Baudouin’s mother, the Swedish Princess Astrid, died in a car accident in Switzerland and was like the Princess Di of her time. She died at 30 years of age in 1935 and is still loved by her people. Father was Belgian King Leopold III, whose (at the time) very controversial decision not to evacuate during the WWII invasion of Belgium by German troops and then surrender to the Germans made him a scapegoat for folks like Churchill. He also remarried during the war despite being held hostage by German high command. His people were furious and after the war he was forced to abdicate in favor of his 20 year old son, Baudouin.
Baudouin was a very lonely and stressed out looking young man. They called him the sad king. He had to deal with the Belgian Congo situation and some other serious situations during the first 10 years of his reign. People believe his fierce loyalty to his father made him vulnerable to influence by Leopold, who with his wife and new family, lived in the same palace as King Baudouin. In 1960, during the inflamed independence movement of the Belgian Congo and its dramatic events, Baudouin reached out to a spiritual adviser named Cardinal Suenens and was put into contact with an ex-nun who he confided in on spiritual and personal matters – the main thing being his hunt for a good woman to marry.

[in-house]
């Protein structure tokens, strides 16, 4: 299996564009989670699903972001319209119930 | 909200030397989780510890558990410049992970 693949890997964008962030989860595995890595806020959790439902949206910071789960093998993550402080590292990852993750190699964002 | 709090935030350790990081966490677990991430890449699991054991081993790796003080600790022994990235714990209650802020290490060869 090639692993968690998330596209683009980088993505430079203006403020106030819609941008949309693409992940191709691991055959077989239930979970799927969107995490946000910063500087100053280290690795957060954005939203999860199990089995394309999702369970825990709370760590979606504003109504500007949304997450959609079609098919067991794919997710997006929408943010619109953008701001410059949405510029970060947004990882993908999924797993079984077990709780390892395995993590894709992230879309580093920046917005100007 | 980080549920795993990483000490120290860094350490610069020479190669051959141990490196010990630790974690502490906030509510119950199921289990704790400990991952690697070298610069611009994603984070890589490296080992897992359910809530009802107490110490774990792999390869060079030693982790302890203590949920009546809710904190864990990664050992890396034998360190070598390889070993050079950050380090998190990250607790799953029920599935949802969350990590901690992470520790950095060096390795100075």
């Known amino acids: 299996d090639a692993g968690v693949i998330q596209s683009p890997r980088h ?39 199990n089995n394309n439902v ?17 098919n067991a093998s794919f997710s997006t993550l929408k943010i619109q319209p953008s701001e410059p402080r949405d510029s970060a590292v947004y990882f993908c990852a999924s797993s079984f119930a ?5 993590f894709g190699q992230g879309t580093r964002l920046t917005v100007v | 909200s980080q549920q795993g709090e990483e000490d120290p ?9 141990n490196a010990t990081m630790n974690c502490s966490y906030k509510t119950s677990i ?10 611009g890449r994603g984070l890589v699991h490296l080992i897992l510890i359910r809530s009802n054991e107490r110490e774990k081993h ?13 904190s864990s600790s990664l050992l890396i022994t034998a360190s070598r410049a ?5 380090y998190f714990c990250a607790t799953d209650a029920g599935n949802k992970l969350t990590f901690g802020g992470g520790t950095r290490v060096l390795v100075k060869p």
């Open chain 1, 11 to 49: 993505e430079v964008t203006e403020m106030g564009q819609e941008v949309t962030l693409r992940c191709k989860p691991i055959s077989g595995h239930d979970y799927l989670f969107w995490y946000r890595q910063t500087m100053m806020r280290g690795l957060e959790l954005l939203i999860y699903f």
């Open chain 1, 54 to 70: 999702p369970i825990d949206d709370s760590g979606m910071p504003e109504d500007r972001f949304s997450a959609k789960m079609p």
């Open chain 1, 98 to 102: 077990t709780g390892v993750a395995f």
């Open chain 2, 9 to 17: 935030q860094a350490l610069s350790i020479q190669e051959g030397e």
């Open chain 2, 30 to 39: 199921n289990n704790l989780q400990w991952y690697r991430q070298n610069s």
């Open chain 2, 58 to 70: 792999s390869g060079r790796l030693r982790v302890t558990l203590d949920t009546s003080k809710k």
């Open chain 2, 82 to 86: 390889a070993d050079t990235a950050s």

He has like the golden bachelor reigning king of the time and all the tabloids had him hooked up with every princess available in Europe, but he was looking for a quiet and very religious woman from Spain. So, the ex Irish nun, Veronica O’Brien, went down to Spain for him to find someone suitable to introduce to the King in hopes of a good match with chemistry. Crazy story short, she found a Spanish aristocrat named Doña Fabiola de Mora y Aragón. There’s a lot of mis-information saying the church made them marry but that’s b.s. The church facilitated the introduction and the story is magical because they had a very close and loving marriage, despite suffering the devastation of experiencing FIVE miscarriages (perhaps one or two still births). They were denied a child of their own, despite loving children very much. The last two pregnancies were particularly dangerous and Fabiola had to have emergency surgery.